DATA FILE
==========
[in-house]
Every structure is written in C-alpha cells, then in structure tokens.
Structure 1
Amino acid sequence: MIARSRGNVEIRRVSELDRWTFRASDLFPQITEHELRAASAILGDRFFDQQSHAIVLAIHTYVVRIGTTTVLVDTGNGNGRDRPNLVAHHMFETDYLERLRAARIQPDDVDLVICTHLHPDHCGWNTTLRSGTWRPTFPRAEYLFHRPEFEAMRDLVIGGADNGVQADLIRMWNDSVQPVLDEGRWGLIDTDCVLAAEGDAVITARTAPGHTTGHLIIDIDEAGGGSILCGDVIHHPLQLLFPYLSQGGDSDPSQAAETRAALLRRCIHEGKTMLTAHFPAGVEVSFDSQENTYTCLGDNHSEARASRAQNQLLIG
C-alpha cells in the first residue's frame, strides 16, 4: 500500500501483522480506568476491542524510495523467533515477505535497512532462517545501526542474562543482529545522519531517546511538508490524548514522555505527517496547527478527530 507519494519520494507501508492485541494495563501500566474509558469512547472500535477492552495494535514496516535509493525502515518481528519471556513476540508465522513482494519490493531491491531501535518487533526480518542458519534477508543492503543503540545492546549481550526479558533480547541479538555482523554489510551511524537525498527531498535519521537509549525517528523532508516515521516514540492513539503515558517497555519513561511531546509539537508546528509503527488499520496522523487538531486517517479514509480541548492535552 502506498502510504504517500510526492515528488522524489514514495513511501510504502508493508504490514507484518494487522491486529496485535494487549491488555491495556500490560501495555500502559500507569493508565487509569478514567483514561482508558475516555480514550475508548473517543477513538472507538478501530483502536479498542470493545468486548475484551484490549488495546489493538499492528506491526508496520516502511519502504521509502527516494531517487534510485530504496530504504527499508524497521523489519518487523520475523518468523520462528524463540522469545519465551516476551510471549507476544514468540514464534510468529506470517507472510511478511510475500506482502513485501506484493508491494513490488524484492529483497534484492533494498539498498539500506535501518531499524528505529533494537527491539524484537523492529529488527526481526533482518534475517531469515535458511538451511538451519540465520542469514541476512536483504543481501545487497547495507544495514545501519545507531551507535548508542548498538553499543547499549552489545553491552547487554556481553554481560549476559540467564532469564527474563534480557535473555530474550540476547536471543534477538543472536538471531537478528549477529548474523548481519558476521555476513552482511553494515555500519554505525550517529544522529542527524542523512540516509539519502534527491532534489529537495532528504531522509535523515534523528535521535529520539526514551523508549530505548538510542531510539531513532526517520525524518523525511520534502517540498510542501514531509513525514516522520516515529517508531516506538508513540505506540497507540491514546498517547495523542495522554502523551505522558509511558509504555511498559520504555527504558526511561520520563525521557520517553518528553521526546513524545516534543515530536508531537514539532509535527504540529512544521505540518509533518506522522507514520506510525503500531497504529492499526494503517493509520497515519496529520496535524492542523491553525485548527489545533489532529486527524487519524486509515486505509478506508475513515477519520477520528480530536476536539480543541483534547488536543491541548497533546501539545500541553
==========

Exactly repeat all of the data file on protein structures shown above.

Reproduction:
[in-house]
Every structure is written in C-alpha cells, then in structure tokens.
Structure 1
Amino acid sequence: MIARSRGNVEIRRVSELDRWTFRASDLFPQITEHELRAASAILGDRFFDQQSHAIVLAIHTYVVRIGTTTVLVDTGNGNGRDRPNLVAHHMFETDYLERLRAARIQPDDVDLVICTHLHPDHCGWNTTLRSGTWRPTFPRAEYLFHRPEFEAMRDLVIGGADNGVQADLIRMWNDSVQPVLDEGRWGLIDTDCVLAAEGDAVITARTAPGHTTGHLIIDIDEAGGGSILCGDVIHHPLQLLFPYLSQGGDSDPSQAAETRAALLRRCIHEGKTMLTAHFPAGVEVSFDSQENTYTCLGDNHSEARASRAQNQLLIG
C-alpha cells in the first residue's frame, strides 16, 4: 500500500501483522480506568476491542524510495523467533515477505535497512532462517545501526542474562543482529545522519531517546511538508490524548514522555505527517496547527478527530 507519494519520494507501508492485541494495563501500566474509558469512547472500535477492552495494535514496516535509493525502515518481528519471556513476540508465522513482494519490493531491491531501535518487533526480518542458519534477508543492503543503540545492546549481550526479558533480547541479538555482523554489510551511524537525498527531498535519521537509549525517528523532508516515521516514540492513539503515558517497555519513561511531546509539537508546528509503527488499520496522523487538531486517517479514509480541548492535552 502506498502510504504517500510526492515528488522524489514514495513511501510504502508493508504490514507484518494487522491486529496485535494487549491488555491495556500490560501495555500502559500507569493508565487509569478514567483514561482508558475516555480514550475508548473517543477513538472507538478501530483502536479498542470493545468486548475484551484490549488495546489493538499492528506491526508496520516502511519502504521509502527516494531517487534510485530504496530504504527499508524497521523489519518487523520475523518468523520462528524463540522469545519465551516476551510471549507476544514468540514464534510468529506470517507472510511478511510475500506482502513485501506484493508491494513490488524484492529483497534484492533494498539498498539500506535501518531499524528505529533494537527491539524484537523492529529488527526481526533482518534475517531469515535458511538451511538451519540465520542469514541476512536483504543481501545487497547495507544495514545501519545507531551507535548508542548498538553499543547499549552489545553491552547487554556481553554481560549476559540467564532469564527474563534480557535473555530474550540476547536471543534477538543472536538471531537478528549477529548474523548481519558476521555476513552482511553494515555500519554505525550517529544522529542527524542523512540516509539519502534527491532534489529537495532528504531522509535523515534523528535521535529520539526514551523508549530505548538510542531510539531513532526517520525524518523525511520534502517540498510542501514531509513525514516522520516515529517508531516506538508513540505506540497507540491514546498517547495523542495522554502523551505522558509511558509504555511498559520504555527504558526511561520520563525521557520517553518528553521526546513524545516534543515530536508531537514539532509535527504540529512544521505540518509533518506522522507514520506510525503500531497504529492499526494503517493509520497515519496529520496535524492542523491553525485548527489545533489532529486527524487519524486509515486505509478506508475513515477519520477520528480530536476536539480543541483534547488536543491541548497533546501539545500541553